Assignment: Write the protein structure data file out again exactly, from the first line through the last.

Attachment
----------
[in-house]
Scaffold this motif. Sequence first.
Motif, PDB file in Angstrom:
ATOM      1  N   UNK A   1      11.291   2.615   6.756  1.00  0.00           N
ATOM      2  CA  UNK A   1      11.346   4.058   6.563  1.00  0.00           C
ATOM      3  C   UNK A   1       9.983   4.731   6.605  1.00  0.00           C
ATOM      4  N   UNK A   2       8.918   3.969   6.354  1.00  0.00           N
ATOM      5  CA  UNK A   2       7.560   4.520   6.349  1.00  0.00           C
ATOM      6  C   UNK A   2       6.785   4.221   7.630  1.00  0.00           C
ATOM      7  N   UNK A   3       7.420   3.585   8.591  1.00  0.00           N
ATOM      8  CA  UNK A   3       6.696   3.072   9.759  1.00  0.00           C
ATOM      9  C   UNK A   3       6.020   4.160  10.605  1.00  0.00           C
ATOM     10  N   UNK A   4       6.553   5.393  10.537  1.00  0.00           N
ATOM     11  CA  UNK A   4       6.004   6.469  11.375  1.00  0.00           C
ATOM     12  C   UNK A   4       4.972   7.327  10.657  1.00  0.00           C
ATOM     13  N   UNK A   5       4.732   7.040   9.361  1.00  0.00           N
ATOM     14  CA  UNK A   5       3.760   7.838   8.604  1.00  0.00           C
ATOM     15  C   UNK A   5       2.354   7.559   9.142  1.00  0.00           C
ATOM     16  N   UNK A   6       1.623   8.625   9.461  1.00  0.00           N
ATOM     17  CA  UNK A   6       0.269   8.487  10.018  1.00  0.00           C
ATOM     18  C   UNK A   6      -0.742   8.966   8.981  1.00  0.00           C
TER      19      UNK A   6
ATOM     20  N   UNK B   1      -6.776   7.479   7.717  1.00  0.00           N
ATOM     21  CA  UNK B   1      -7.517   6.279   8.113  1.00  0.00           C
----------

[in-house]
Scaffold this motif. Sequence first.
Motif, PDB file in Angstrom:
ATOM      1  N   UNK A   1      11.291   2.615   6.756  1.00  0.00           N
ATOM      2  CA  UNK A   1      11.346   4.058   6.563  1.00  0.00           C
ATOM      3  C   UNK A   1       9.983   4.731   6.605  1.00  0.00           C
ATOM      4  N   UNK A   2       8.918   3.969   6.354  1.00  0.00           N
ATOM      5  CA  UNK A   2       7.560   4.520   6.349  1.00  0.00           C
ATOM      6  C   UNK A   2       6.785   4.221   7.630  1.00  0.00           C
ATOM      7  N   UNK A   3       7.420   3.585   8.591  1.00  0.00           N
ATOM      8  CA  UNK A   3       6.696   3.072   9.759  1.00  0.00           C
ATOM      9  C   UNK A   3       6.020   4.160  10.605  1.00  0.00           C
ATOM     10  N   UNK A   4       6.553   5.393  10.537  1.00  0.00           N
ATOM     11  CA  UNK A   4       6.004   6.469  11.375  1.00  0.00           C
ATOM     12  C   UNK A   4       4.972   7.327  10.657  1.00  0.00           C
ATOM     13  N   UNK A   5       4.732   7.040   9.361  1.00  0.00           N
ATOM     14  CA  UNK A   5       3.760   7.838   8.604  1.00  0.00           C
ATOM     15  C   UNK A   5       2.354   7.559   9.142  1.00  0.00           C
ATOM     16  N   UNK A   6       1.623   8.625   9.461  1.00  0.00           N
ATOM     17  CA  UNK A   6       0.269   8.487  10.018  1.00  0.00           C
ATOM     18  C   UNK A   6      -0.742   8.966   8.981  1.00  0.00           C
TER      19      UNK A   6
ATOM     20  N   UNK B   1      -6.776   7.479   7.717  1.00  0.00           N
ATOM     21  CA  UNK B   1      -7.517   6.279   8.113  1.00  0.00           C